TenMarks teaches you how to find the perimeter of a figure on a coordinate graph.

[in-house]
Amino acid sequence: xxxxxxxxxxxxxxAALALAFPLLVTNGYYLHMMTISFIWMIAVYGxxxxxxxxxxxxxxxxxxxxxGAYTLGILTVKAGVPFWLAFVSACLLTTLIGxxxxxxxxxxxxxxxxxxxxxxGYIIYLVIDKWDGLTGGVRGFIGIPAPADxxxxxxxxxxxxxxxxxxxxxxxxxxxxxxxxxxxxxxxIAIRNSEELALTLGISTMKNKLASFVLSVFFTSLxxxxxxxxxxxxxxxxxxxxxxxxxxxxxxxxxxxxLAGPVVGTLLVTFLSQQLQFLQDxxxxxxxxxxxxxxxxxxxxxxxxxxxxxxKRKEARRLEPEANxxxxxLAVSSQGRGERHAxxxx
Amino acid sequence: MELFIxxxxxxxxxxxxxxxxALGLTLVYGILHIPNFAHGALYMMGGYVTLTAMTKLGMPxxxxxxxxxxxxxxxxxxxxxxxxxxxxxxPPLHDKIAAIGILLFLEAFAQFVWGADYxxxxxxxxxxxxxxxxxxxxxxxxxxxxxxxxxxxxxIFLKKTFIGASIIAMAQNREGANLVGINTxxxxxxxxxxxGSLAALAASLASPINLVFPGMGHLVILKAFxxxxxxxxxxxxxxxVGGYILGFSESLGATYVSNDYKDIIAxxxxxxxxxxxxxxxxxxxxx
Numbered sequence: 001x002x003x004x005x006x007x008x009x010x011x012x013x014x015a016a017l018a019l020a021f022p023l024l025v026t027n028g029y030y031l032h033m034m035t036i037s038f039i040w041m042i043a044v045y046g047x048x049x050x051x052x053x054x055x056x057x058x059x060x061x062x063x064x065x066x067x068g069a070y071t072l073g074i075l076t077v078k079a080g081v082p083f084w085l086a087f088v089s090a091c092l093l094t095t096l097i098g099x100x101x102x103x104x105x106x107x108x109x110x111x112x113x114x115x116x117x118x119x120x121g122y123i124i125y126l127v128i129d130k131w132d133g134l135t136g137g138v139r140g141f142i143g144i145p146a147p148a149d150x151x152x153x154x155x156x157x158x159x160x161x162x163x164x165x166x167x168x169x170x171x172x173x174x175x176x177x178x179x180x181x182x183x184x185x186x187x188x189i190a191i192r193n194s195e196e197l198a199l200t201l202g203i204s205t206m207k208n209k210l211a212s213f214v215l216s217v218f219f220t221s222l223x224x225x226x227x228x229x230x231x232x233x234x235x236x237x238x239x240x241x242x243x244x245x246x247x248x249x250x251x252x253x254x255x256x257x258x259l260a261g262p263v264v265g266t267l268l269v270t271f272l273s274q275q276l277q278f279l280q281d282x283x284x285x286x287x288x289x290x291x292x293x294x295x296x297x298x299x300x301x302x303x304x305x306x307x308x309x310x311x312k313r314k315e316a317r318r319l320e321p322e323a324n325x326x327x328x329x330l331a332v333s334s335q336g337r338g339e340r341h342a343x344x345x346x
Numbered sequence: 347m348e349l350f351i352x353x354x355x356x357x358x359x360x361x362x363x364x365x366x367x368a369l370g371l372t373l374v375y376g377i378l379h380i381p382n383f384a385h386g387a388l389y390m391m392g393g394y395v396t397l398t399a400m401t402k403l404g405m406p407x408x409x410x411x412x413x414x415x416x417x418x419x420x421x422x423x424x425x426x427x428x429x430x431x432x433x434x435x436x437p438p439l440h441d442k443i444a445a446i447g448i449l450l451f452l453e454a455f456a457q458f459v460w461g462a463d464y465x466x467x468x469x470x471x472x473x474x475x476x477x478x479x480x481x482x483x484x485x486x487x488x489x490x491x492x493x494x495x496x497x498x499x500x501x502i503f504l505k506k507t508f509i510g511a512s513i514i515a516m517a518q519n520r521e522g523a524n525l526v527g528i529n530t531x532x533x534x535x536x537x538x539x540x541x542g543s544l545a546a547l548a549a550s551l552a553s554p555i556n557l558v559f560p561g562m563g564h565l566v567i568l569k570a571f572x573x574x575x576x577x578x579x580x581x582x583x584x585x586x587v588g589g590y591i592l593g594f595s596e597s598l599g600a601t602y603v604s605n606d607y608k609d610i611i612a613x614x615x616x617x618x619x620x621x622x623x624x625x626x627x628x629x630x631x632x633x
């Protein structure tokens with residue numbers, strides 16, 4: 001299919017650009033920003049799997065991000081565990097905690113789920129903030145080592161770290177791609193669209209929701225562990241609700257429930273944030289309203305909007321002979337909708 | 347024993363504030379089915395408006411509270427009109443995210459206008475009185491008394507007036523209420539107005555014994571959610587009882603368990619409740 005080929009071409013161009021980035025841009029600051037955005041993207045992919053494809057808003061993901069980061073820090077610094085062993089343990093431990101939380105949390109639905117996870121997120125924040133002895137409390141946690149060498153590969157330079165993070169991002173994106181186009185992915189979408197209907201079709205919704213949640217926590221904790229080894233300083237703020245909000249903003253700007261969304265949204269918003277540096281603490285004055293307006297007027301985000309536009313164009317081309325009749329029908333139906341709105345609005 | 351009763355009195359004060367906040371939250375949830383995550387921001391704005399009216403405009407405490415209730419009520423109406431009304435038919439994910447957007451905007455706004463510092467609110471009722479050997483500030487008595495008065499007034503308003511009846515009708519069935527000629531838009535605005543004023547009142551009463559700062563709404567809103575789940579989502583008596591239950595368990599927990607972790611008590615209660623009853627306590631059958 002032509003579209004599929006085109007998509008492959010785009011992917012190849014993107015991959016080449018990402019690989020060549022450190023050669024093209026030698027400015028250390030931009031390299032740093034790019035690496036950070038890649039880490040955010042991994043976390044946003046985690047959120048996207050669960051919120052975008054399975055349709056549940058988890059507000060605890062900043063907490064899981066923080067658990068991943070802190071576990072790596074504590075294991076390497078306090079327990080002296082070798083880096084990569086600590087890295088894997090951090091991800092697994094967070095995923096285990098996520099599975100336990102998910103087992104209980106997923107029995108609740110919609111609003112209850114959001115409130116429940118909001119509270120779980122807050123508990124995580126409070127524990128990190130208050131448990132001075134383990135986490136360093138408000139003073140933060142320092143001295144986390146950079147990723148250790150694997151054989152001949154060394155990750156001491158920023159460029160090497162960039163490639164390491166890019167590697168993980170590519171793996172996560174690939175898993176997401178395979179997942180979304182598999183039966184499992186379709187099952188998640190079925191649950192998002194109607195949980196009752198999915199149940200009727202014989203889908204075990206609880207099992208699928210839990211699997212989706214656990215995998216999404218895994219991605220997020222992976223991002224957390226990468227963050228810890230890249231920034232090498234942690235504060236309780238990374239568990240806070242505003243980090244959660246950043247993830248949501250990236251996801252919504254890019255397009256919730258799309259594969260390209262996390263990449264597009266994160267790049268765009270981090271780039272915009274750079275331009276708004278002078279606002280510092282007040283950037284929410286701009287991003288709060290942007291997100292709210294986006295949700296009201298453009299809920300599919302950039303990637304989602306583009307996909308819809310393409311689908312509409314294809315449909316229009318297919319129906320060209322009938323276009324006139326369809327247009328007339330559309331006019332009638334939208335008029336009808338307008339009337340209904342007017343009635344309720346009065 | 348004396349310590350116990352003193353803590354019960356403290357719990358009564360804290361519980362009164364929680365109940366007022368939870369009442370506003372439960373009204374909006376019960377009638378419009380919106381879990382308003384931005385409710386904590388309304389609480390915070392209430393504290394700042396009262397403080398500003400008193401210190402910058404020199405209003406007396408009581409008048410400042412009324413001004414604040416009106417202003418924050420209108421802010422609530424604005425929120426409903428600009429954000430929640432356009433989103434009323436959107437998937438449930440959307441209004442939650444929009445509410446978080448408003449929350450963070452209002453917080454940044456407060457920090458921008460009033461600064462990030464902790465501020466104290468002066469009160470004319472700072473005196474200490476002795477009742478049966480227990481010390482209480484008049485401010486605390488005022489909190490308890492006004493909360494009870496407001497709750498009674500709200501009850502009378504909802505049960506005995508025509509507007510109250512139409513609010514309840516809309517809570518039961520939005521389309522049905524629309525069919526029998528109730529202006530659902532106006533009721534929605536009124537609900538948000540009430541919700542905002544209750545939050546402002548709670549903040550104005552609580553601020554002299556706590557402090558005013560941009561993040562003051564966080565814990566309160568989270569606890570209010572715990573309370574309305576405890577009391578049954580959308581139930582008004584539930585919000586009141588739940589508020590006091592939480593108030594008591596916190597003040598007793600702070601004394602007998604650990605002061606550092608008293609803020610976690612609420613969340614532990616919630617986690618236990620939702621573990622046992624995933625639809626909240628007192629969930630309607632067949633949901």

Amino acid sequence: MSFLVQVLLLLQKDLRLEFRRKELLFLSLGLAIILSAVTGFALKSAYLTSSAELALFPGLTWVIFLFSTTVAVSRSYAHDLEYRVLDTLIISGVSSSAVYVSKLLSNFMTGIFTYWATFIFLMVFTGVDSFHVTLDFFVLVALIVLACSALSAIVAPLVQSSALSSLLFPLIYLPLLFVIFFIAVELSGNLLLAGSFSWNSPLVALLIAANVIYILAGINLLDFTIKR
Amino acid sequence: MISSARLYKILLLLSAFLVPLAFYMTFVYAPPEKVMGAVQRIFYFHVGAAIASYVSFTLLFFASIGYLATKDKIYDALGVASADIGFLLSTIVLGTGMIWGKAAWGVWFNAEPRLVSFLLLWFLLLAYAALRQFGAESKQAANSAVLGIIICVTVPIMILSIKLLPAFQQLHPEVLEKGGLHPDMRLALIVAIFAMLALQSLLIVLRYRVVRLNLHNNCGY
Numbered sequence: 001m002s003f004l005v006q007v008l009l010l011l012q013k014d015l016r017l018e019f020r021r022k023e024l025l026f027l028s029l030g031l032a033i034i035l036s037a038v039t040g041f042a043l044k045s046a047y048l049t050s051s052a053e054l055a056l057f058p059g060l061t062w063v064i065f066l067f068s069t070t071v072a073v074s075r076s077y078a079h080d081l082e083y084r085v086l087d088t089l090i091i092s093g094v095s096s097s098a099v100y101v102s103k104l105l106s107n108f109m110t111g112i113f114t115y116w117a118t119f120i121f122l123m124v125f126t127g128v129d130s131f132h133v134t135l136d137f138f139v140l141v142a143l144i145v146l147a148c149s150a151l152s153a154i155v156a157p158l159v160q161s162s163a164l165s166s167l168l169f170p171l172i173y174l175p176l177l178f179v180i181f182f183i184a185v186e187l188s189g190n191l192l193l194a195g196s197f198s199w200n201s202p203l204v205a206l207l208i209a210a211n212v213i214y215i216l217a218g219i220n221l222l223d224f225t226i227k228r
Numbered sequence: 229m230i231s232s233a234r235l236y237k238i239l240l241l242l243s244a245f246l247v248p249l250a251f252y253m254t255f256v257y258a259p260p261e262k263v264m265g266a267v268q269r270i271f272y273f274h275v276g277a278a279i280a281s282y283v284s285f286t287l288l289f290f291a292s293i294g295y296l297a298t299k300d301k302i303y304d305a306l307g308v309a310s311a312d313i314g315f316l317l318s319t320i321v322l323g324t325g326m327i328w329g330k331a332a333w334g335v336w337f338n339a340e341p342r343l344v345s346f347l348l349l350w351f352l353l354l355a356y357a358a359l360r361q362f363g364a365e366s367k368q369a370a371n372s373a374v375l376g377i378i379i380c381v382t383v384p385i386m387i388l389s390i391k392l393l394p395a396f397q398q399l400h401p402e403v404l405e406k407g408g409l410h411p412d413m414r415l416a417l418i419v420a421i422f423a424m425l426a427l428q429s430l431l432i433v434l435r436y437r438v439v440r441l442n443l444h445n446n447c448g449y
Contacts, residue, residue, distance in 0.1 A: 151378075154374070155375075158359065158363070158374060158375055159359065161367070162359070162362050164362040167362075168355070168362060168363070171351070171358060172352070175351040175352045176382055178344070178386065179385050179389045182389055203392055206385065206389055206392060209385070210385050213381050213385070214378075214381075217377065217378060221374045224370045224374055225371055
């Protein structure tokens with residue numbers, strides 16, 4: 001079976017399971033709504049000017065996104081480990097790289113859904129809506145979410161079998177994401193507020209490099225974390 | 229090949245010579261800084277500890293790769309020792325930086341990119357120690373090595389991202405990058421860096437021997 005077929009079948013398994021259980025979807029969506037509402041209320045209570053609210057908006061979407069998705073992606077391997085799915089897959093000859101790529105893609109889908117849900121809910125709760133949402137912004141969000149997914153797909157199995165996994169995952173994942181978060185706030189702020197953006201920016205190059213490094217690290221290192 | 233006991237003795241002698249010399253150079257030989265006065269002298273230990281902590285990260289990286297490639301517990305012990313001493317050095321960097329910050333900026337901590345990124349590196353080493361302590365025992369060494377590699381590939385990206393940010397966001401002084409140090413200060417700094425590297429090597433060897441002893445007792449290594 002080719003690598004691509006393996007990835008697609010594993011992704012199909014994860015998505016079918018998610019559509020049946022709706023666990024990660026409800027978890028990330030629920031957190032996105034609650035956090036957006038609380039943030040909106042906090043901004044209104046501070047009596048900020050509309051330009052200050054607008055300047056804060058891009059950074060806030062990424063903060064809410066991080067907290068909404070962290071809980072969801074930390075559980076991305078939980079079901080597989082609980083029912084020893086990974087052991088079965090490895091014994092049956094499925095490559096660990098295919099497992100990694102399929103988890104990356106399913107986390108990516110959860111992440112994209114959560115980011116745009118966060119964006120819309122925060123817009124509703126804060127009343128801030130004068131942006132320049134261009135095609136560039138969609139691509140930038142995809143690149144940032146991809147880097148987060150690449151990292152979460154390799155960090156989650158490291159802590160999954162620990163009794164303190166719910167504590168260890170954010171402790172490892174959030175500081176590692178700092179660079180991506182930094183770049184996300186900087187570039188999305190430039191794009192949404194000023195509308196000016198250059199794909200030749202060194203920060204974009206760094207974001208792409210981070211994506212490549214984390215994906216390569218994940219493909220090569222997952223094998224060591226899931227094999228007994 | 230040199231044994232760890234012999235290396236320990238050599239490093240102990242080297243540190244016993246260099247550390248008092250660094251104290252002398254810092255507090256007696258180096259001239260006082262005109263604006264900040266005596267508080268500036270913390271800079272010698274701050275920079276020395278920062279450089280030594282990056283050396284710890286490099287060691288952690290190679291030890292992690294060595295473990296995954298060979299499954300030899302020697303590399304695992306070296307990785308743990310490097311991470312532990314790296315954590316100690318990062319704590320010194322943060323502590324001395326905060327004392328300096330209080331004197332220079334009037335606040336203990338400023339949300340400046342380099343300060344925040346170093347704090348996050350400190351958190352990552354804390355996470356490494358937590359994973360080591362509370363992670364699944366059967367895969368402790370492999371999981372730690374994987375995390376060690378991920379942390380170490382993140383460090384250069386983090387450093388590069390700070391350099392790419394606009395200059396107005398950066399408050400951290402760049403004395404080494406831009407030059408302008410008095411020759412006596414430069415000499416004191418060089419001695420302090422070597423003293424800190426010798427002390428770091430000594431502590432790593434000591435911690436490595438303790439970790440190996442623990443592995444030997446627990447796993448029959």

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How to Find Perimeter on a Coordinate Graph Perimeter on a Coordinate Graph In this problem, the first part we need to find the perimeter of the rectangle. Here we have our rectangle and to find the perimeter of a polygon. A rectangle is a polygon, so to find the perimeter of a polygon; we have to add the length of all sides. So, the rectangle has two equal horizontal and two equal vertical sides. Remember, the perimeter is the sum of lengths of all four sides. In finding the perimeter, the first step that we need to do is find the length of the horizontal. We’re going to look for the horizontal length. If you notice that this does not have it labeled, however, it’s on a coordinate plane, so we have our coordinates. When you have coordinates, coordinates are given in x, y. So, the x coordinate is the first number in each ordered pair. So, for the horizontal length, the x coordinates are 2 and 5. The length of the horizontal line is going to be the difference between the x coordinates, so it’s going to be 5 - 2. So, 5 - 2 is 3 units. The horizontal sides are three units each. This is 3 and this is 3, three units each. Our second step is we need to find the length of the vertical sides, so now we’re looking at the vertical sides. The y coordinate in a set of ordered pair is the second number. To find the length of the vertical line segment which is the width of the rectangle, we need to find the distance between the y coordinates. These are the y coordinates. Notice how it’s the same on both sides. So, the length of the vertical line is going to be the difference between the y coordinates, so it will be 3 - 1.and 3- 1 is 2 units. So, the vertical sides are two units each. So, it’s two units on this side and two units on the other side. Now, our third step in solving this is we need to add the lengths of the sides to find the perimeter. We’re going to find the perimeter by adding the sum of all four lengths. So, the perimeter is the sum of all four lengths. We’re going to go ahead and add them up. I’m going to add the horizontal lengths. I’m going to take 3 + 3 and then I’m going to add the vertical lengths, 2 + 2. When we add these up, we get 10. So, the perimeter of the rectangle is 10 units. Let’s move on to the second problem. Here we need to find the perimeter of this figure. The first step we need to do is we need to label all the coordinates marked in the figure. I’m going to go ahead to label all my parts, so I’m going to say that this A, B, C, D, E and F. I’m labeling my points and now, I’m going to mark all the coordinates. Coordinate A is going to be, remember it’s x, we do coordinates in x,y. So, A is 3 and 2, B is 3 and 8, C is 8 and 8, D is 8 and 5, E is 6 and 5 and then F is 6 and 2. So, they are the six coordinates of this figure. We need to find what the horizontal lines are. Our horizontal lines are going to be B and C is a horizontal line. We also have E and D are horizontal lines and we also have A and F as a horizontal line. Now, we need to find our vertical lines. Our vertical lines go up and down. So, we have A and B, we have C and D and we have E and F. Now, we have gotten all our information that we need in order to find the perimeter of this figure. Our first step that we’re going to do is we need to find the length of the horizontal sides of the figure. So, first thing let’s do is we need to find the length of B, C. So, the length of B, C, we need to look at the x coordinate and remember the x coordinate is the first number in each ordered pair and remember, the ordered pair is B, C. So, the x coordinate for B is 3 and then the x coordinate for C is 8. We’re going to take the difference. So B, C is going to equal 8 - 3 which would give us 5 units. Similarly, let’s find D and E. So, you can put it D, E, or E, D; it’s both the same. So D, E, we look at the x coordinates and we get 8 and 6. So, 8 - 6 would give us 2 units and then we have F and A. F and A is 6 and 3 which would give us three units. Now, we
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